After a few rough Spring Training outings, Vuckovich announced his retirement on March 29, 1986. But he returned five months later on a minor league deal and appeared in six games for the Brewers’ Triple-A affiliate in Vancouver, going 2-1 with a 1.26 ERA. Recalled to the big leagues in September, Vuckovich started six games, going 2-4 with a 3.06 ERA.

“Pain is a state of mind,” Vuckovich told the Associated Press while with Vancouver. “I try to block that from my thoughts. All in all, I feel very well. It’s clicking. I don’t need to throw 90 mph to win.”

But when the Brewers released Vuckovich on Oct. 21, 1986, his career officially ended – at least away from the silver screen. In 1988, Vuckovich signed on to play the part of Clu Haywood in the film Major League, which was released in 1989 and became a smash hit. Fresh of that success, he joined the Brewers’ broadcast team in 1989 and spent three years in the booth.

Vuckovich returned to baseball in 1997 as the Pirates big league pitching coach, holding that job for four seasons under manager Gene Lamont. He later worked as an assistant general manager for both the Pirates and the Mariners.

Over 11 big league seasons, Vuckovich was 93-69 with a 3.66 ERA over 1,455.1 innings. And while unquestionably one of the game’s best pitchers for a period of time, he also remained true to himself while in the glare of the game’s brightest lights.

“I like to be me,” Vuckovich told the Wisconsin State Journal in 1981. “I live one day at a time. If I wake up in the morning, I have a chance. If I don’t wake up, it doesn’t really matter.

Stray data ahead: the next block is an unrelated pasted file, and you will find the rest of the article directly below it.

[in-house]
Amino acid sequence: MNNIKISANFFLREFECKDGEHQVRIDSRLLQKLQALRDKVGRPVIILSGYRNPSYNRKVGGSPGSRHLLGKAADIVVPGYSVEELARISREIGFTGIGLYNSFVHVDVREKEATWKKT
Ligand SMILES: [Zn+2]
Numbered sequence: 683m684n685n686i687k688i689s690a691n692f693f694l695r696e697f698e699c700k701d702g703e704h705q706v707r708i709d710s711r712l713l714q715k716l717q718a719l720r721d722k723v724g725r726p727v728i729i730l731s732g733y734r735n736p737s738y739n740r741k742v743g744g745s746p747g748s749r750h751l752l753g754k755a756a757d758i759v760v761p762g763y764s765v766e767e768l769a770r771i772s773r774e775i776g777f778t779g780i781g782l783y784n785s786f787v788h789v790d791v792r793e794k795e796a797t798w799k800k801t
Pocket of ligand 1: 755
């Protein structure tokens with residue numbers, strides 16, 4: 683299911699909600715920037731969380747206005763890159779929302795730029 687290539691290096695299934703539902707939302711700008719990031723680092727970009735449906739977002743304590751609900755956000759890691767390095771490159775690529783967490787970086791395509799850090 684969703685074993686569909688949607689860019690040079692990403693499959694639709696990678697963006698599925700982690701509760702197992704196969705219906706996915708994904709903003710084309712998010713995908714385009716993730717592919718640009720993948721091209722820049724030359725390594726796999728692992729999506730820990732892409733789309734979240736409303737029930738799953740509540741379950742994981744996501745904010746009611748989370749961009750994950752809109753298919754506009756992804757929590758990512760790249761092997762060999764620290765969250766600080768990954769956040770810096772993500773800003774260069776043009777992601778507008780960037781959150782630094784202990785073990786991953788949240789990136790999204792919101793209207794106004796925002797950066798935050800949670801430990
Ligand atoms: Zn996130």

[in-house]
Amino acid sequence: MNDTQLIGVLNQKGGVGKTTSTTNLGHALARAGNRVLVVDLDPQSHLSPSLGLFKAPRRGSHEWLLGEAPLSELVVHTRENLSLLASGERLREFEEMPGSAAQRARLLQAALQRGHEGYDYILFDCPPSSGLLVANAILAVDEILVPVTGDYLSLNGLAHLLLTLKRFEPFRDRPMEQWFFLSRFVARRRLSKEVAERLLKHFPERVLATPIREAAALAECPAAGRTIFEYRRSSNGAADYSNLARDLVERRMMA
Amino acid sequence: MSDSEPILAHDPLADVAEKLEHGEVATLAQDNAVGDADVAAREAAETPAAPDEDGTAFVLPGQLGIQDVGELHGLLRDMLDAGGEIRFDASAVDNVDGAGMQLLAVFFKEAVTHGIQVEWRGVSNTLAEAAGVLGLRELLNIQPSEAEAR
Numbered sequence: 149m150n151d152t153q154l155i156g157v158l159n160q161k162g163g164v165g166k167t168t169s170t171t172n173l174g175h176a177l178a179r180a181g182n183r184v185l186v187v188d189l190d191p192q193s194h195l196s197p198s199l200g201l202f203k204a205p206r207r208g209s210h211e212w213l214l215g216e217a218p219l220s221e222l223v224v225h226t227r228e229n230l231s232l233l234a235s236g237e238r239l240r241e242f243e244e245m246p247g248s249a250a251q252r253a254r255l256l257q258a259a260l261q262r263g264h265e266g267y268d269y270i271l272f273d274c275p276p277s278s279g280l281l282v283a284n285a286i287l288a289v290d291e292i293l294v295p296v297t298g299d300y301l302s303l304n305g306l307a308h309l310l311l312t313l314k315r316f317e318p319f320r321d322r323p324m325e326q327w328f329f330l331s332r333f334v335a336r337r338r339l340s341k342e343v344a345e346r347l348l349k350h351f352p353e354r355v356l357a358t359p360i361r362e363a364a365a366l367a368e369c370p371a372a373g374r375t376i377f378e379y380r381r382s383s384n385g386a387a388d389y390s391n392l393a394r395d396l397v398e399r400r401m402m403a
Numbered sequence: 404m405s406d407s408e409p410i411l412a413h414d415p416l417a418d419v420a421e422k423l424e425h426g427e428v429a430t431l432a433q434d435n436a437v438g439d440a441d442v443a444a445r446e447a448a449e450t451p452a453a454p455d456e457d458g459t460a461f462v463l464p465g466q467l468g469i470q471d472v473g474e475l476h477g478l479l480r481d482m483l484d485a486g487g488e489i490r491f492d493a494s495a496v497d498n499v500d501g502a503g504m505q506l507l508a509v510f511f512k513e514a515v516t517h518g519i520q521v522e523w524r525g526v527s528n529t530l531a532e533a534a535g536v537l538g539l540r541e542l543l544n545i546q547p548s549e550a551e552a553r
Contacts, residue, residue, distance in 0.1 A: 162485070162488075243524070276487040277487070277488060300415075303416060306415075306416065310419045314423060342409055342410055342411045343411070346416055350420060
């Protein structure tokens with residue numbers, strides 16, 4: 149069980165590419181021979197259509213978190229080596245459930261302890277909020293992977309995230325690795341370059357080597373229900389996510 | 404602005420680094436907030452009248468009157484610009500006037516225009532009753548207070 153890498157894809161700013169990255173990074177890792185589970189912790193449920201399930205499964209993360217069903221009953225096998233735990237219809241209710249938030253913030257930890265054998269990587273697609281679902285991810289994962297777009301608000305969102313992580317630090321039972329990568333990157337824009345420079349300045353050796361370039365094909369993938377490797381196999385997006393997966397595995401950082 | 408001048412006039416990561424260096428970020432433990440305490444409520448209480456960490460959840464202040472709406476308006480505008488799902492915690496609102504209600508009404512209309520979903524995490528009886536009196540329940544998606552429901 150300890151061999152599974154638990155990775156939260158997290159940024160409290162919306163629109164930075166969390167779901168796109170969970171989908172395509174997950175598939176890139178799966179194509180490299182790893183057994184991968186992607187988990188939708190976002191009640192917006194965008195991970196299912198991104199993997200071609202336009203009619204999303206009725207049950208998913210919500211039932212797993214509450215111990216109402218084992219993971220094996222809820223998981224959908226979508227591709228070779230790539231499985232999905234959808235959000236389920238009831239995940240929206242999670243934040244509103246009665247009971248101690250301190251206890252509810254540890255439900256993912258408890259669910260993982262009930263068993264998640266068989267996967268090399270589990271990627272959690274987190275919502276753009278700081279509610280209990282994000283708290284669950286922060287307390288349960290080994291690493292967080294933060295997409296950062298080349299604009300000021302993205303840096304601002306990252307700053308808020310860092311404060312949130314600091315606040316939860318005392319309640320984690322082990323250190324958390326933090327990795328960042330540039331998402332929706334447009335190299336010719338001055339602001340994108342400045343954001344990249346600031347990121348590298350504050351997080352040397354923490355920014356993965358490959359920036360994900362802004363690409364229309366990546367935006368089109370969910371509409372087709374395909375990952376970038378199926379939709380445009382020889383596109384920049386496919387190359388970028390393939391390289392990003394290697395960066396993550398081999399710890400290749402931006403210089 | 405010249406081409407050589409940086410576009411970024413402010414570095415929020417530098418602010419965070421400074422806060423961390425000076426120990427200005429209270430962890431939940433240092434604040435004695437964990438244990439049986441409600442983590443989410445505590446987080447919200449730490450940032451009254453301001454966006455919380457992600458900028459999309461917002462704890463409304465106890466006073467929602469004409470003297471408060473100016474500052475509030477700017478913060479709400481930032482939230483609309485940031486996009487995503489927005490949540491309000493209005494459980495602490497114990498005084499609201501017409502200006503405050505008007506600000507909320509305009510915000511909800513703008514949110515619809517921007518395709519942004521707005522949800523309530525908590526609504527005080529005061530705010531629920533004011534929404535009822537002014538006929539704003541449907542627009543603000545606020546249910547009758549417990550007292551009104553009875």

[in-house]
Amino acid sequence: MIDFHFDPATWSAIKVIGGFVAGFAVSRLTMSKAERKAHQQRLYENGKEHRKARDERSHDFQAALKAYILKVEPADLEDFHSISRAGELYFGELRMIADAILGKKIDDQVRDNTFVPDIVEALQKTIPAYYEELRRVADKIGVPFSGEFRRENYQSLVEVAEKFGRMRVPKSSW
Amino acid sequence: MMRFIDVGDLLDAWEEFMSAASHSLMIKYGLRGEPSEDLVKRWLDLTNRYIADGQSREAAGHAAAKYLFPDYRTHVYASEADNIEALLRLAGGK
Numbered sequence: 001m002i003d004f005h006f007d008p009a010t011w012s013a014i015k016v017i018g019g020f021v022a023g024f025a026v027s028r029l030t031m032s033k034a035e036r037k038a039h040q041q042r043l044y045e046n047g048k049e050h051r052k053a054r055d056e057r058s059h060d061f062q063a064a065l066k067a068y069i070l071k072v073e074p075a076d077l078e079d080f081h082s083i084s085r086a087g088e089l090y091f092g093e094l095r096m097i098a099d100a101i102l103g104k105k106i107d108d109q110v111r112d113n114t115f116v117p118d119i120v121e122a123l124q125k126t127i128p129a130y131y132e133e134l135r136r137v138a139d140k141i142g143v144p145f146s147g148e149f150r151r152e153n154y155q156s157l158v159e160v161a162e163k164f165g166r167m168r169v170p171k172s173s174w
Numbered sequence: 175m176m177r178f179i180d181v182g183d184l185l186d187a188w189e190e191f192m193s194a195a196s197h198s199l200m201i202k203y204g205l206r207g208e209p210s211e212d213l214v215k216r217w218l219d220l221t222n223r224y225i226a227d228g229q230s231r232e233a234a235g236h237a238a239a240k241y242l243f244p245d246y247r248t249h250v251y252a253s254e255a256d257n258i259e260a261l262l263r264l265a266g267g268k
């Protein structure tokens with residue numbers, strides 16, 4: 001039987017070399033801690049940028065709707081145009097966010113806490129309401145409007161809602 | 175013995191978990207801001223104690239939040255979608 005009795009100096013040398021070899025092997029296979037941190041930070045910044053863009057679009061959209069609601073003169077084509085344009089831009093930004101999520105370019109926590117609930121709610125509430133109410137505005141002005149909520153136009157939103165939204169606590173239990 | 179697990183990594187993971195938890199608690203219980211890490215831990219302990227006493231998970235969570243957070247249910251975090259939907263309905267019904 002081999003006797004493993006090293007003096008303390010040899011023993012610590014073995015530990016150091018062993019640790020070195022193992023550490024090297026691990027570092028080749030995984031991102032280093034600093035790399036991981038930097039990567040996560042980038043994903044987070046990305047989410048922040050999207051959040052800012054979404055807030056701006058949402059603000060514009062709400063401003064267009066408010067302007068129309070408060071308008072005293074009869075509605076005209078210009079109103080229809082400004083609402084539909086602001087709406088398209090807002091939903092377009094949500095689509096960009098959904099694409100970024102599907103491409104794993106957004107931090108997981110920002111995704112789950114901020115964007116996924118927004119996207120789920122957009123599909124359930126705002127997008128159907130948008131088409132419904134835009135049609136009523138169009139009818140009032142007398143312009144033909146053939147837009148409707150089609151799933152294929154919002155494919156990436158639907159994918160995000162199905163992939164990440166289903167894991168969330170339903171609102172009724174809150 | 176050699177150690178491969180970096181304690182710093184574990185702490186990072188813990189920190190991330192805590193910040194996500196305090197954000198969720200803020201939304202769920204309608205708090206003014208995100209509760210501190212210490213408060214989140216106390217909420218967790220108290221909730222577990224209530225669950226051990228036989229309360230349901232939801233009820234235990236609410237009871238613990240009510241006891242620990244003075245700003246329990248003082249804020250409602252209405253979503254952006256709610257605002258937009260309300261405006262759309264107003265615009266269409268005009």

“I don’t think there is any room in life for sorrow and pain and hurt. That doesn’t add to the fun of life.”

Craig Muder is the director of communications for the National Baseball Hall of Fame and Museum


#CardCorner: 1976 Topps Sixto Lezcano

Sixto Lezcano hit .271 with 148 home runs in his 12-year career, and he was twice dealt in trades for future Hall of Famers.

#CardCorner: 1981 Topps Moose Haas

Moose Haas established himself as a steady presence at the top of Milwaukee's rotation, often getting the ball for high-stakes starts.

#CardCorner: 1986 Donruss Lance Parrish

With a cannon for an arm and a powerful bat, Lance Parrish was a force behind the plate for the 1980s Tigers.


#CardCorner: 1976 Topps Sixto Lezcano

Sixto Lezcano hit .271 with 148 home runs in his 12-year career, and he was twice dealt in trades for future Hall of Famers.

#CardCorner: 1981 Topps Moose Haas

Moose Haas established himself as a steady presence at the top of Milwaukee's rotation, often getting the ball for high-stakes starts.

#CardCorner: 1986 Donruss Lance Parrish

With a cannon for an arm and a powerful bat, Lance Parrish was a force behind the plate for the 1980s Tigers.